Sync’ up! … without getting drained

apr 20

The saddest script I ever wrote

When my Macbook OS got into a brambled state some years ago, I started to develop inside a ‘stateless’ docker container that runs Ubuntu.

Once in a while, things got bad, but there’s no worry because I could always just go back to my last state where all was clean and in working order.

This was a heck of a strange workflow, but at least I could have a rewind button for shoddy software that I installed, or even wrote myself.

(If memory serves, I think it was a sound driver to get ‘SoX’ working on OSX that got me into this strange world.)

A new hell

Docker seemed to introduce problems at every turn, but most the time, it wasn’t so much docker, but how I was using docker. When a problem came up, at least there was always a workaround. Years of this led me to a setup I’d call: ‘strange and unusual punishment OS.’ But hey, it all held together, and it was all deterministic.

One day about a year ago, I started using ed in place of vi and some incredibly unique behaviors crept into my life. Every time I thought I could tell my rubber duck the underlying issue, twenty-four hours later, I’d have a new conjecture. That said, here’s my current understanding of the bug:

When I work in my bind volume (shared by the docker container and OSX), and when I edit a file with ed and later compile it with Erlang’s erlc, the file’s source is stale whereby it uses some previous state of its contents at compile time. All of these three factors had to be present to create this confusing issue. (It should be noted it took months to arrive at this exact diagnosis.)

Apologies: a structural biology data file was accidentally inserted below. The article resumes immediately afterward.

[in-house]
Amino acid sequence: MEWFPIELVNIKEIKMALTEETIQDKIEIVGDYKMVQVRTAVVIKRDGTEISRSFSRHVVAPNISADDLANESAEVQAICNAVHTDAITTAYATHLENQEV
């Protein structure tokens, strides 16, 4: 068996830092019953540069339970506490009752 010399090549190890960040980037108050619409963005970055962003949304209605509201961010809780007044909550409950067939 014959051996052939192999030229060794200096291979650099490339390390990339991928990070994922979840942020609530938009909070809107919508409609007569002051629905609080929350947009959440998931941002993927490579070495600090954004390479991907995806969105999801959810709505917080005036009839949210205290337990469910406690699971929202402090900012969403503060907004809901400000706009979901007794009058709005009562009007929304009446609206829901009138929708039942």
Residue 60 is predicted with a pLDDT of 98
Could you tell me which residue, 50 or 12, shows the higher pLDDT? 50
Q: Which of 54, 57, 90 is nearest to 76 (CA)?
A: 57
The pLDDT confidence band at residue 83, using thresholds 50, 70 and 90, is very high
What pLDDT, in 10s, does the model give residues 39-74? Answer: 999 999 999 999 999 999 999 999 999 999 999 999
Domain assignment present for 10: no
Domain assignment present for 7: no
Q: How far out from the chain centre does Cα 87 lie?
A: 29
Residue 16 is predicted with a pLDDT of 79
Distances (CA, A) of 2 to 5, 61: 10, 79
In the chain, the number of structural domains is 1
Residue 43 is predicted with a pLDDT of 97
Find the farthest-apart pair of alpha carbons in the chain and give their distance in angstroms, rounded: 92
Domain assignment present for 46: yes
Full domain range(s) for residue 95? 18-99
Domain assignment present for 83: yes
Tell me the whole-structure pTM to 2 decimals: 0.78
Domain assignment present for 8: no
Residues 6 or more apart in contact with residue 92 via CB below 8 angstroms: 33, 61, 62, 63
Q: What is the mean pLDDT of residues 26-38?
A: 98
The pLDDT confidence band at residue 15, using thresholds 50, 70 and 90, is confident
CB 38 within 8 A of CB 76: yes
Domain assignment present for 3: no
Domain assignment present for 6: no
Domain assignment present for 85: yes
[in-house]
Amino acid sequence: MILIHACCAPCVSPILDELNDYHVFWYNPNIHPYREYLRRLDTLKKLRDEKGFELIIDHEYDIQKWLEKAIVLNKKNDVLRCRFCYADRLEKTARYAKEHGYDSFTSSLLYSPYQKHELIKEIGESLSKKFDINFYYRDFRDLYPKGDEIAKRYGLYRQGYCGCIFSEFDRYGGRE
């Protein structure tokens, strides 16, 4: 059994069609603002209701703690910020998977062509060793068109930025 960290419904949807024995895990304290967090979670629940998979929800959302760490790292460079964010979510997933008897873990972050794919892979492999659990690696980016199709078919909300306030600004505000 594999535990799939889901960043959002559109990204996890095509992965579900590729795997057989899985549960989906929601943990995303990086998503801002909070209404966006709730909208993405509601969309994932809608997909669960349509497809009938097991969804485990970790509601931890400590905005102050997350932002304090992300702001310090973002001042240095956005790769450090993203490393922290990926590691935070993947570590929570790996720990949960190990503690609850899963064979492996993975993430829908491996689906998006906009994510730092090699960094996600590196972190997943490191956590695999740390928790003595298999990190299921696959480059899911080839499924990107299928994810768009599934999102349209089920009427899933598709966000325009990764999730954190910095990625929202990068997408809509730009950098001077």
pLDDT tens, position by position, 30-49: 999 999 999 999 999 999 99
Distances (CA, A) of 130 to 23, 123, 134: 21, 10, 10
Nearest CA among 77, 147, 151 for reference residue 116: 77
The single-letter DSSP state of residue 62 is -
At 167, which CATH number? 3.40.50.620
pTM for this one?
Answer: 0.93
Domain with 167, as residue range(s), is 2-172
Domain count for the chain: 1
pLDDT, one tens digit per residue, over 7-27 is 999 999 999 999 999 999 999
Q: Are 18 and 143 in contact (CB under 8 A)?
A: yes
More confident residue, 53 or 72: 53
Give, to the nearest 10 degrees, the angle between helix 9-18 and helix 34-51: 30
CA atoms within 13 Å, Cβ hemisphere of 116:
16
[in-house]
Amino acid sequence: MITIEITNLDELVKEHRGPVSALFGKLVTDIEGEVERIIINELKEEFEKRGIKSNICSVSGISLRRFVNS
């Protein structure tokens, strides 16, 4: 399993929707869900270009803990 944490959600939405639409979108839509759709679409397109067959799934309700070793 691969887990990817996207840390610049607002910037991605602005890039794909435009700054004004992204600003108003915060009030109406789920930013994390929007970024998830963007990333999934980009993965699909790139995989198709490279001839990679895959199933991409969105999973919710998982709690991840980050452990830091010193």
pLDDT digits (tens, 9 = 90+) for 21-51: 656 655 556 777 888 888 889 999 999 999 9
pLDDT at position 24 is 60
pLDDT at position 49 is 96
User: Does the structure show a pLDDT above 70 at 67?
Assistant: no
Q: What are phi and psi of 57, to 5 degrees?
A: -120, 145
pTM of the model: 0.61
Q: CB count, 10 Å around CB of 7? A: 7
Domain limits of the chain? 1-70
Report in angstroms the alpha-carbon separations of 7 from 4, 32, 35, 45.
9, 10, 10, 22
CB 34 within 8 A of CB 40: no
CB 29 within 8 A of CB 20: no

If I did the above outside of the bind volume, all would be well. If I saved the source-file with vi, all would be well. If I compiled ‘c’ source code that had been edited with ed, all would be well. Only Erlang source-code edited in ‘ed’ within the docker bind volume that would later be compiled would act this way.

Worse-er still

I created a workaround — because I would not be thwarted by crappy software — that I now consider to be the saddest lump of script every placed in a ‘bin’ path.


csh -f `which rulr` # make a ruler appear
/usr/local/bin/ed $*
/usr/local/bin/vim -c 'wq' $*
exit 0 # just in case

I aliased a mapping to it (called it ‘wtfed’) with the following in my ‘.cshrc’:

alias eed 'wtfed'

… and voila, a twelve month pain-in-the-butt bug had been swept under the rug. Or maybe it’s more like I put its dead body in the downstairs freezer.

Yes, the state of software is broken, and I suppose it’s been fun to create solutions to remain sane despite this fact. However, this workaround was a new low. As soon as I whipped up this little hack, and it got my workflow back on a happy path, I heard a distant bugle start to play the ‘Taps’ melody in the back of my mind.